Daycare Drama, Vol. I

Before sharing a fun little daycare tale my wife and I endured with Eliza, it should be noted that we’ve never experience a real daycare horror story. A cursory Google search will lead you down a rabbit hole of legitimately terrifying tragedies and abuses. Pro tip: if you’re a parent using childcare, do not head to Google and start digging around. Anyway, I shared all we’ve loved about our daycare experiences on Monday HERE and several of the negatives on Tuesday HERE. While we don’t have too many negative experiences using full time childcare, I felt we had one story worth sharing.

As is often the case, the first-born typically brings out the…overprotective nature of the parents, and we were no exception. A “daycare horror story” in Eliza’s first month might be something as trivial as a baby bottle my wife suspected may not have been washed completely. It doesn’t take much with your first child to feel frustrated or concerned or suspicious. My wife would come home upset and have no complaint other than a caregiver’s body language. She’d give Eliza a head-to-toe examination each night just in case, while I giggled with mocking intent (while secretly being relieved she was doing it).

Eventually, we matured as parents; well, this is the explanation I like to give, but the truth is probably more like we were too sleep deprived to continue sweating the small stuff. Life moved quickly through Eliza’s first year with few major daycare incidents, but eventually friction developed as Eliza started learning to walk. For those uninitiated to current daycare mandates, all facilities are required to maintain a certain teacher-to-student ratio. Our provider at that time had been audited a few times and was dangerously close to being over capacity, which may explain their actions with my wife and daughter.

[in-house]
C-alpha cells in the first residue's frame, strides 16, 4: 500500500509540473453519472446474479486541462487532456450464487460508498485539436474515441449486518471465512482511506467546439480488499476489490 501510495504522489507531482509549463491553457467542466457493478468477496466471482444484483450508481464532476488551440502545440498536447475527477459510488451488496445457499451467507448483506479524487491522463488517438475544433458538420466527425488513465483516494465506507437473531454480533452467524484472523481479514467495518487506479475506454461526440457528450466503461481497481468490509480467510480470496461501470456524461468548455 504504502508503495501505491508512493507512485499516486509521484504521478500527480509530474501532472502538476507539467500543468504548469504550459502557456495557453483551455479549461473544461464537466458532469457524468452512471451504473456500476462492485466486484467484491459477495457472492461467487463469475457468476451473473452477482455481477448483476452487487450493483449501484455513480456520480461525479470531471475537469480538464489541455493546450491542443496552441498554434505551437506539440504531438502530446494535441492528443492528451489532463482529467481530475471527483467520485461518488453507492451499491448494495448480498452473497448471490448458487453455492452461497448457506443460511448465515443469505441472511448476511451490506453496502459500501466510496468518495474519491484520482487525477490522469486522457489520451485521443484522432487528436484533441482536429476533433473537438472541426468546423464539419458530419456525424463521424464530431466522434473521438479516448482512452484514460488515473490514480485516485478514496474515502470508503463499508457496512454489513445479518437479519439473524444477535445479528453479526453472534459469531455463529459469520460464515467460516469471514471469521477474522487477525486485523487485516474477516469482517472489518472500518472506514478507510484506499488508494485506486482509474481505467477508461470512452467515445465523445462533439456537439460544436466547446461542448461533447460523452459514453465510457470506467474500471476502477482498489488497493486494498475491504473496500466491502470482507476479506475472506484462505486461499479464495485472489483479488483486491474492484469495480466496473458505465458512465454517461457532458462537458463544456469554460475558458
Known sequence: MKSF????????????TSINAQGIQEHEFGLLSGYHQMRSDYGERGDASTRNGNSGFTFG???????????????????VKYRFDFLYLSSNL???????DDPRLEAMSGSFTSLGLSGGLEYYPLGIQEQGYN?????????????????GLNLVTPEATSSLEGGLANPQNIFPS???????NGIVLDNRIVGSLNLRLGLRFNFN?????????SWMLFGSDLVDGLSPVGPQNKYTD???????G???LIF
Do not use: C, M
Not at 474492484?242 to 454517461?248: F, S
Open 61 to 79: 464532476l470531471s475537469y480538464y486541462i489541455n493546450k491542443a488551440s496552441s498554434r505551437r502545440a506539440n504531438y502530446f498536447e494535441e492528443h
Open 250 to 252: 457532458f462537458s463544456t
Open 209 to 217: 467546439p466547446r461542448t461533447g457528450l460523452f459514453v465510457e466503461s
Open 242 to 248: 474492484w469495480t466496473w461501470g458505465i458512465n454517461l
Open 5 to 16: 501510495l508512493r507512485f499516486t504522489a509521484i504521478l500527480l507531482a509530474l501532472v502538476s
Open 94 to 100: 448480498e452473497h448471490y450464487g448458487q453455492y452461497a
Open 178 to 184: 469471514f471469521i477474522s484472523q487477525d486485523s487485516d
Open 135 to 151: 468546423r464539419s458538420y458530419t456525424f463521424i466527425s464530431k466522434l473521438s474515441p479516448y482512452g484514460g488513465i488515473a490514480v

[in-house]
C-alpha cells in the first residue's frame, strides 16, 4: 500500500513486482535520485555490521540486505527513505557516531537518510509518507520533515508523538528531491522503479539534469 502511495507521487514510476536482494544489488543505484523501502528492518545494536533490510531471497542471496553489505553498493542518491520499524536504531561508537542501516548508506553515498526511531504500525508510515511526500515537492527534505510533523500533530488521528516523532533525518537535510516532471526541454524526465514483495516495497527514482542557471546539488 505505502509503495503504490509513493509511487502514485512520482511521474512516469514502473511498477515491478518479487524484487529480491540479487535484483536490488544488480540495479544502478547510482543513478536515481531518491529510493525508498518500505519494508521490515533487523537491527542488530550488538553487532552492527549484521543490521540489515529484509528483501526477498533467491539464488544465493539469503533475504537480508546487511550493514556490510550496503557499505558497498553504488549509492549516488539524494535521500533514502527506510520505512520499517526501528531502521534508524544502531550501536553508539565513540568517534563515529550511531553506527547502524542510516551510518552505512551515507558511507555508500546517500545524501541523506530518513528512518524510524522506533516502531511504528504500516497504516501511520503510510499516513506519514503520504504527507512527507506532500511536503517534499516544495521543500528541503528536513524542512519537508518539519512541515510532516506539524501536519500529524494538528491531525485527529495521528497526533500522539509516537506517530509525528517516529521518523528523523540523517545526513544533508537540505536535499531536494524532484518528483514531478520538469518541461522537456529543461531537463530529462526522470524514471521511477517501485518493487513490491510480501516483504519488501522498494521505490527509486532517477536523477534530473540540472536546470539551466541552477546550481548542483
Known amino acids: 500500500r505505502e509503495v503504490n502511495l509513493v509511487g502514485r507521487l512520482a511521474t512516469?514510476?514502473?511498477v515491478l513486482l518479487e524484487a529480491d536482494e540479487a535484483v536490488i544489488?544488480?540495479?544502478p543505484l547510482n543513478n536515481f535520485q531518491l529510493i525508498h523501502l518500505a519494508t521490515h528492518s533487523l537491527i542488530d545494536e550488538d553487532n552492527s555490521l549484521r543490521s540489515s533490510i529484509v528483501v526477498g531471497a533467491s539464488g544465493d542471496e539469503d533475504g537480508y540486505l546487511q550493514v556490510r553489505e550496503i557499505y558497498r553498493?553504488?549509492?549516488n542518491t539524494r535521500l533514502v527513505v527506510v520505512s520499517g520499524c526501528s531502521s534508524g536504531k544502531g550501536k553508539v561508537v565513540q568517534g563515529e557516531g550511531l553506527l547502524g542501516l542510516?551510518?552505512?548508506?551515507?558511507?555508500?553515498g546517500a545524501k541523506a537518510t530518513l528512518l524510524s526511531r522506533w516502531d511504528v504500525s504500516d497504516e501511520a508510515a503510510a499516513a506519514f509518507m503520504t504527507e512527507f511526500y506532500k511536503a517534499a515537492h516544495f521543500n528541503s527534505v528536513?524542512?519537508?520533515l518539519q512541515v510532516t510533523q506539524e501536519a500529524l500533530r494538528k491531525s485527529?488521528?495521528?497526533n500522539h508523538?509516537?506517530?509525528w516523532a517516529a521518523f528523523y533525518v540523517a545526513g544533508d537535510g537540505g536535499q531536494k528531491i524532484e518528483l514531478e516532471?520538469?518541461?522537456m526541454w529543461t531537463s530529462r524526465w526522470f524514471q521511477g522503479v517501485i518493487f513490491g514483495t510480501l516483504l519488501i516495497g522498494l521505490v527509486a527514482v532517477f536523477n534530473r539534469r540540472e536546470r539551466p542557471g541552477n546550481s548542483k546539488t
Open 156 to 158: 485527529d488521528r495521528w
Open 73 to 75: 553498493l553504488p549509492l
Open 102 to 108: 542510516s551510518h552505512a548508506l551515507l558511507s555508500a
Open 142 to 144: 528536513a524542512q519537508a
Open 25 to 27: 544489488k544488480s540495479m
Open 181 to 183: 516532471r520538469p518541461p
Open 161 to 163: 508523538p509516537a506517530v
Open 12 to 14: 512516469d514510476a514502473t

In order for Eliza to move up to the next room, she needed to be able to walk. She was 15 months at this time, so several of her classmates had conquered walking and moved on but Eliza was still taking her sweet time in walking. She could walk behind a push car for hours, stand against the dinner table with ease, and take small steps between the couch and coffee table but she was reluctant to take off over open space. Since her walking skills were still in question, Eliza was shuttled back and forth between different rooms.

The provider had spoken to my wife with concern about Eliza’s walking, stressing that she needed my daughter to move into the next room (presumably to square away the ratios and prevent a citation). My wife and I shrugged it off as Eliza’s development was right on track for all areas; the daycare provider, however, wouldn’t let it drop. She called my wife into her office and said she required a demonstration from my daughter on her walking ability. They pulled Eliza from her room and demanded a little girl—who wasn’t walking yet—to walk on command for the first time. They literally asked my wife to make my not-walking daughter walk in order to stay in her daycare room. The provider then went on to suggest my daughter was developmentally stunted and needed physical therapy and that her daycare was probably not a good fit for Eliza. Good times all around! It’s always a great experience when a stranger implies your daughter is developmentally challenged.

Needless to say, we quickly severed our relationship with that daycare, which is too bad because Eliza had so many amazing teachers in her year there. One of the great challenges of using daycare is finding the right balance of good teachers, trustful administration, and proper logistics (commute, price, etc.). We nailed two out of three there but were pushed out to explore other options. Leading back to the beginning, there are way worse things that could have happened to my daughter in daycare, but it was still quite the uncomfortable experience for my wife and one she’ll probably carry with her to her grave…no one calls out her first born 🙂

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